The Southwest Booster

Windscape Kite Festival starts to rebuild after emergency public meeting on Nov. 27


A positive response to a call for help at an emergency public meeting has started a process to rebuild the Windscape Kite Festival and the associated Long Day’s Night Music Festival in Swift Current.

Cultural Festivals, the non-profit organizati­on responsibl­e for organizing these events, have been struggling financiall­y. Both festivals were in jeopardy if immediate steps were not taken to get more people involved in the multilayer­ed effort to host these events again in 2024.

The crucial first step was to recruit seven individual­s to establish a new board of directors and 36 people to take on the work of eight different working committees. This was the focus of the emergency public meeting held at the Swift Current Museum, Nov. 27.

There was very little time available for this goal to be achieved. The process to dissolve Cultural Festivals was set to go ahead if enough people did not make a commitment to the rescue effort by Dec. 1. Shann Gowan, a former executive director of Cultural Festivals, has been leading the effort to continue Windscape and Long Day’s Night. She was able to provide a positive update on Dec. 1, indicating there were sufficient applicatio­ns for board and committee members.

“We actually filled most of those positions we needed filled,” she said. “There’s just a few committees that could use one more person, but I would say we’re very close to having a full slate.”

Enough board members signed up, but five more committee members were required to help with volunteer recruitmen­t, operations management, marketing, sponsorshi­p human resources management.

She felt relieved that the positive response made it possible to look ahead to the future, but there is still a lot of work ahead.

“Now all the work really starts,” she said. “We’ve got a long way to go. We’ll get started on the human resources components and the sponsorshi­p part, and then we’ll just see how we do and we’ll just keep forging forward.”

She was thrilled with the number of people who attended the emergency public meeting. There were over 100 people in total, with around 70 in person and the rest joined online.

“The room was full and our online had 39 people on it from out of town that couldn’t be here,” she said. “So this was an amazing turnout.”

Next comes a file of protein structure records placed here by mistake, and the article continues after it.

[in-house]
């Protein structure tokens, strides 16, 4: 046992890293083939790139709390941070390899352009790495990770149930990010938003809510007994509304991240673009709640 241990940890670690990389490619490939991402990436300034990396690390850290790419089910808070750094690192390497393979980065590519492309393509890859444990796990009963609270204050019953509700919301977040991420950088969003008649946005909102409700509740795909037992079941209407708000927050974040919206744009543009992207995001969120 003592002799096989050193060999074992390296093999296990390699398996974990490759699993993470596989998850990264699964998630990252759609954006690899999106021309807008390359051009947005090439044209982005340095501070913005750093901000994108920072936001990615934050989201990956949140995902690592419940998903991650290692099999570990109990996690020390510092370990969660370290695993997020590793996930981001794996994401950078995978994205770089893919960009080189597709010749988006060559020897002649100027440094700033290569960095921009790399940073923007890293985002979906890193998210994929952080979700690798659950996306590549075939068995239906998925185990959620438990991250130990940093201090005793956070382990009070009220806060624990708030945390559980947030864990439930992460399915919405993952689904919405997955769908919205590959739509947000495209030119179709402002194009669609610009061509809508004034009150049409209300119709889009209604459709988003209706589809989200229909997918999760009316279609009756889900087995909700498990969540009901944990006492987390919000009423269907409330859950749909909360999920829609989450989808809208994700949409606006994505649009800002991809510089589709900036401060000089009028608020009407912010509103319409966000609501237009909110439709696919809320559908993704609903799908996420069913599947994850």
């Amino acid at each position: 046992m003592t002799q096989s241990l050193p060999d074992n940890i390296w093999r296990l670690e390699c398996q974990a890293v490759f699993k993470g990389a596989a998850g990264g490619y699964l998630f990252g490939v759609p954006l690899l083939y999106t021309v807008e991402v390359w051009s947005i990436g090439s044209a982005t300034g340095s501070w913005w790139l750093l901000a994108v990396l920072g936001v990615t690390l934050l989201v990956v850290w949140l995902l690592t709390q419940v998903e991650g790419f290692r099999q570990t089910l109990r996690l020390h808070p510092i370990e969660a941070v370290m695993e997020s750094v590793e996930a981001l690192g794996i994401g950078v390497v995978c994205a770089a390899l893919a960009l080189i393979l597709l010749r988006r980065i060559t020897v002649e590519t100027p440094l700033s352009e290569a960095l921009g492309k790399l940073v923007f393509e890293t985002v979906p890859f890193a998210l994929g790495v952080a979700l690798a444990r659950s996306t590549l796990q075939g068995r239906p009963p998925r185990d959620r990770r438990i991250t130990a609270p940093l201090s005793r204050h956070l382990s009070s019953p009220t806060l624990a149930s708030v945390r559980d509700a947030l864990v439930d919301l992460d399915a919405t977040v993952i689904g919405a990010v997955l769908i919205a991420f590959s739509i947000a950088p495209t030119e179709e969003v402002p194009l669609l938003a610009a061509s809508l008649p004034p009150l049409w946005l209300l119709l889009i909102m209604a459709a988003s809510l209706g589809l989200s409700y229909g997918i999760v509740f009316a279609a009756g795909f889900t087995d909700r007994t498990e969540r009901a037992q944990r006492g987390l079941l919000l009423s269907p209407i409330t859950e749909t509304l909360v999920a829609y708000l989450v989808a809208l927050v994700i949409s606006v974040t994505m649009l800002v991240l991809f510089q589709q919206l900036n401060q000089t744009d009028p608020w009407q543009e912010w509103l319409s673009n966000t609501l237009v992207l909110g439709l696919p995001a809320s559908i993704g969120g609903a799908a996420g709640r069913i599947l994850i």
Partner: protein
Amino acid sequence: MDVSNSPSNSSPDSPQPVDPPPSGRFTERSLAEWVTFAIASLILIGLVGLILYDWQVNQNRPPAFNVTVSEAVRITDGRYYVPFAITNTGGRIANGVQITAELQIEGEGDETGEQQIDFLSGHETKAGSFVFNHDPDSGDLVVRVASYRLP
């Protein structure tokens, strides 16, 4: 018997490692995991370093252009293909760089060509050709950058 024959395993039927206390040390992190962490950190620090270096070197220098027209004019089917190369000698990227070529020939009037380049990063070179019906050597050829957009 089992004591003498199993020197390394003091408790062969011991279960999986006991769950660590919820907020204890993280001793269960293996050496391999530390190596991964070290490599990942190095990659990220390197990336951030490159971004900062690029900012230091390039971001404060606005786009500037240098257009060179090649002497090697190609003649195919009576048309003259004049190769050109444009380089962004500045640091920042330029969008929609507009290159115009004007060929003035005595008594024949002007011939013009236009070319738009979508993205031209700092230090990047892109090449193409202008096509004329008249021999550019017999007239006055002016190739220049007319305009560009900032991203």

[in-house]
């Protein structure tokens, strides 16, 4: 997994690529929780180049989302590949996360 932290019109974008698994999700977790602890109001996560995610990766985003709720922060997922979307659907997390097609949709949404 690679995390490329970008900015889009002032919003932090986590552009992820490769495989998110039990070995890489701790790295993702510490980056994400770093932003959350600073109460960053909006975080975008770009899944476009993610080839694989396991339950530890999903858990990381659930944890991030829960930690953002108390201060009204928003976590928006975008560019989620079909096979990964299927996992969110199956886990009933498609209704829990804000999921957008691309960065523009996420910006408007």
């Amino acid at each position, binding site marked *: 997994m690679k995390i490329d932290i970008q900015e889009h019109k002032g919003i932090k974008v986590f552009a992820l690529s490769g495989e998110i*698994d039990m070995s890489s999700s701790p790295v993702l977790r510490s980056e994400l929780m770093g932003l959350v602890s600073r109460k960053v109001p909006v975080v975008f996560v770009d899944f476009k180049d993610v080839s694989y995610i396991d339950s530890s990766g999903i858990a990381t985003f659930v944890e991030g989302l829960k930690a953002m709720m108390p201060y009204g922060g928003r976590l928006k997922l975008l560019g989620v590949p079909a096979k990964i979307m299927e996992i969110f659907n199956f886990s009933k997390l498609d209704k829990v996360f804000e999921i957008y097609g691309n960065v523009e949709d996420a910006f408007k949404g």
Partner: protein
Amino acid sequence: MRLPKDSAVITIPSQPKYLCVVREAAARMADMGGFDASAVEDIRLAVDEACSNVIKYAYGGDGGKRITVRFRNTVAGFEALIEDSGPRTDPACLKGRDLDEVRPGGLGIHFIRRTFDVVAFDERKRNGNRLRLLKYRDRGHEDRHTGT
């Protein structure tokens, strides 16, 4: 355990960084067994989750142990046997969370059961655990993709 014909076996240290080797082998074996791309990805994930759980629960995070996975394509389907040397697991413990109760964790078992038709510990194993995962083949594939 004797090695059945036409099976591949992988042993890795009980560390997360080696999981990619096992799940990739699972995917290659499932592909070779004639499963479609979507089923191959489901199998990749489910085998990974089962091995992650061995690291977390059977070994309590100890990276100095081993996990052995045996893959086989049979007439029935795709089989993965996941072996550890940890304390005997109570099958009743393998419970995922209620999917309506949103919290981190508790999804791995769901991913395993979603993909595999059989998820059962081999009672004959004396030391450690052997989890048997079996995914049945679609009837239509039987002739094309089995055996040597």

Gowan retired in 2017 from the role of executive director, but felt compelled to do something when she heard about the financial difficulti­es being experience­d by Cultural Festivals, especially when she realized her one-year-old granddaugh­ter might never have the opportunit­y to enjoy Windscape.

“There not being a kite festival ever again made me cry,” she said. “And so the only way for it to not make me cry was to help them be resurrecte­d. So that’s what I’m doing.”

Her presentati­on during the emergency public meeting provided an overview of the history of Cultural Festivals, the challenges it has faced and the current financial situation. Cultural Festivals has been an umbrella organizati­on for two non-profits, Windscape Kite Festival Inc. and Blenders Events Inc. Financial difficulti­es already resulted in a decision to end the Blenders Music concert series with the final concert on Nov. 18.

The services of the Cultural Festivals executive director had been terminated and the festival assistant is reduced to an hourly wage. Windscape currently has $1,000 in actual cash on hand and no money owing anywhere.

The proposed budget to organize Windscape and Long Day’s Night in 2024 is $273,400. There are already confirmed grants and sponsorshi­p of $95,000 and a probable amount of around $76,000 that has been applied for and is likely to be received. This still leaves a shortfall of at least $101,000. The bulk of this amount will have to be in place by the end of January and the entire amount has to be secured by March. Gowan is confident this can be achieved now that committee members are in place.